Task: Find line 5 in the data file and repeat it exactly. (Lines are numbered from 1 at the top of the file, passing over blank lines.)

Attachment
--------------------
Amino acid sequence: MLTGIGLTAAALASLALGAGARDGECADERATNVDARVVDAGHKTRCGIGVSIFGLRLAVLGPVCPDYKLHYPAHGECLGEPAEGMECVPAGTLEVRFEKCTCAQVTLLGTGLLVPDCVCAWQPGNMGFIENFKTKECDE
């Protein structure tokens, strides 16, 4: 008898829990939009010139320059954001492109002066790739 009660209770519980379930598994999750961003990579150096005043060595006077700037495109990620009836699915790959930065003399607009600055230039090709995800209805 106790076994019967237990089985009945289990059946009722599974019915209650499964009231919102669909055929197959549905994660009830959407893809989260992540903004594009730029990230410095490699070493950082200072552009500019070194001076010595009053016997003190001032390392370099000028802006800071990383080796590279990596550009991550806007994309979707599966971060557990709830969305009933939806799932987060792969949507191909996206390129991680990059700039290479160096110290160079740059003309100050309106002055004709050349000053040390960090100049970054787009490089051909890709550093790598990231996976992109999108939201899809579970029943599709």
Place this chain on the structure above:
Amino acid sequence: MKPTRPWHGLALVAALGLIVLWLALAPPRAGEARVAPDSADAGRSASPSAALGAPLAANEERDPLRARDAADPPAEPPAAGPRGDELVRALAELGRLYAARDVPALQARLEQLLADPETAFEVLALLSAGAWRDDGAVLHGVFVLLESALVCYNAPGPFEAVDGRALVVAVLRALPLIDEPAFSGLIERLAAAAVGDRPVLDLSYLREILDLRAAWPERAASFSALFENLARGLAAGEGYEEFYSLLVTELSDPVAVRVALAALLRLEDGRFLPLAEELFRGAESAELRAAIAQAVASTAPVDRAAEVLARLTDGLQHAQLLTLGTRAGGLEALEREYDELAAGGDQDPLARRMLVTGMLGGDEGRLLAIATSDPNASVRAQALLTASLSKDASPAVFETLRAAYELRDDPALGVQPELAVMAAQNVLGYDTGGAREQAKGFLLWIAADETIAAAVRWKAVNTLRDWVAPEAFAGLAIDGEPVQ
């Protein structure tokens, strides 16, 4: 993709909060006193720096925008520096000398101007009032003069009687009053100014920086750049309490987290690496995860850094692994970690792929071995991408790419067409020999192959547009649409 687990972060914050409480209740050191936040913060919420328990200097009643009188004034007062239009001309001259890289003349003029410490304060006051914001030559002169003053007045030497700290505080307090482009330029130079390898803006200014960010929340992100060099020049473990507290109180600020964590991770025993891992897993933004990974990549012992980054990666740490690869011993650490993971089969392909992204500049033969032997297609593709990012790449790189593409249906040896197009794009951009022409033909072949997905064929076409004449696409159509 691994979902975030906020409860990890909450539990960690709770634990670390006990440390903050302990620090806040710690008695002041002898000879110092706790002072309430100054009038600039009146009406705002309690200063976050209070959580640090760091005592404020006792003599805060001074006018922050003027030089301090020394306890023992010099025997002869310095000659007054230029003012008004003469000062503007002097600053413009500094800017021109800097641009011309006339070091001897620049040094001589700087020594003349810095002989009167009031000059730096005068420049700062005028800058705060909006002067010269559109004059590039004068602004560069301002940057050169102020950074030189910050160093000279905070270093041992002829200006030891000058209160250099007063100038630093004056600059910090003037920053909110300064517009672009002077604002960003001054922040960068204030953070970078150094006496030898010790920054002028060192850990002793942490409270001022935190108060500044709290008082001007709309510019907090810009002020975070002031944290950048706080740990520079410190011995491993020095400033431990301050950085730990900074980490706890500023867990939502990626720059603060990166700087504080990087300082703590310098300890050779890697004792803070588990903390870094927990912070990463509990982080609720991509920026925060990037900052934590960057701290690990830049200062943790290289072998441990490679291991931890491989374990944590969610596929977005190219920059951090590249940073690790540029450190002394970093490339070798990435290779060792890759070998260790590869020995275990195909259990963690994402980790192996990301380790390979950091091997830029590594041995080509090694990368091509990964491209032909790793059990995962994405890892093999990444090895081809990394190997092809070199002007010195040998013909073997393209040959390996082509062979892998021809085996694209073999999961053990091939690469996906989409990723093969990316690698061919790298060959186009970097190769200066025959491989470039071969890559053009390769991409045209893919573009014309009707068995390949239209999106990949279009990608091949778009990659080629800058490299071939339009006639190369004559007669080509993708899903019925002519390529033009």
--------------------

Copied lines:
């Protein structure tokens, strides 16, 4: 993709909060006193720096925008520096000398101007009032003069009687009053100014920086750049309490987290690496995860850094692994970690792929071995991408790419067409020999192959547009649409 687990972060914050409480209740050191936040913060919420328990200097009643009188004034007062239009001309001259890289003349003029410490304060006051914001030559002169003053007045030497700290505080307090482009330029130079390898803006200014960010929340992100060099020049473990507290109180600020964590991770025993891992897993933004990974990549012992980054990666740490690869011993650490993971089969392909992204500049033969032997297609593709990012790449790189593409249906040896197009794009951009022409033909072949997905064929076409004449696409159509 691994979902975030906020409860990890909450539990960690709770634990670390006990440390903050302990620090806040710690008695002041002898000879110092706790002072309430100054009038600039009146009406705002309690200063976050209070959580640090760091005592404020006792003599805060001074006018922050003027030089301090020394306890023992010099025997002869310095000659007054230029003012008004003469000062503007002097600053413009500094800017021109800097641009011309006339070091001897620049040094001589700087020594003349810095002989009167009031000059730096005068420049700062005028800058705060909006002067010269559109004059590039004068602004560069301002940057050169102020950074030189910050160093000279905070270093041992002829200006030891000058209160250099007063100038630093004056600059910090003037920053909110300064517009672009002077604002960003001054922040960068204030953070970078150094006496030898010790920054002028060192850990002793942490409270001022935190108060500044709290008082001007709309510019907090810009002020975070002031944290950048706080740990520079410190011995491993020095400033431990301050950085730990900074980490706890500023867990939502990626720059603060990166700087504080990087300082703590310098300890050779890697004792803070588990903390870094927990912070990463509990982080609720991509920026925060990037900052934590960057701290690990830049200062943790290289072998441990490679291991931890491989374990944590969610596929977005190219920059951090590249940073690790540029450190002394970093490339070798990435290779060792890759070998260790590869020995275990195909259990963690994402980790192996990301380790390979950091091997830029590594041995080509090694990368091509990964491209032909790793059990995962994405890892093999990444090895081809990394190997092809070199002007010195040998013909073997393209040959390996082509062979892998021809085996694209073999999961053990091939690469996906989409990723093969990316690698061919790298060959186009970097190769200066025959491989470039071969890559053009390769991409045209893919573009014309009707068995390949239209999106990949279009990608091949778009990659080629800058490299071939339009006639190369004559007669080509993708899903019925002519390529033009």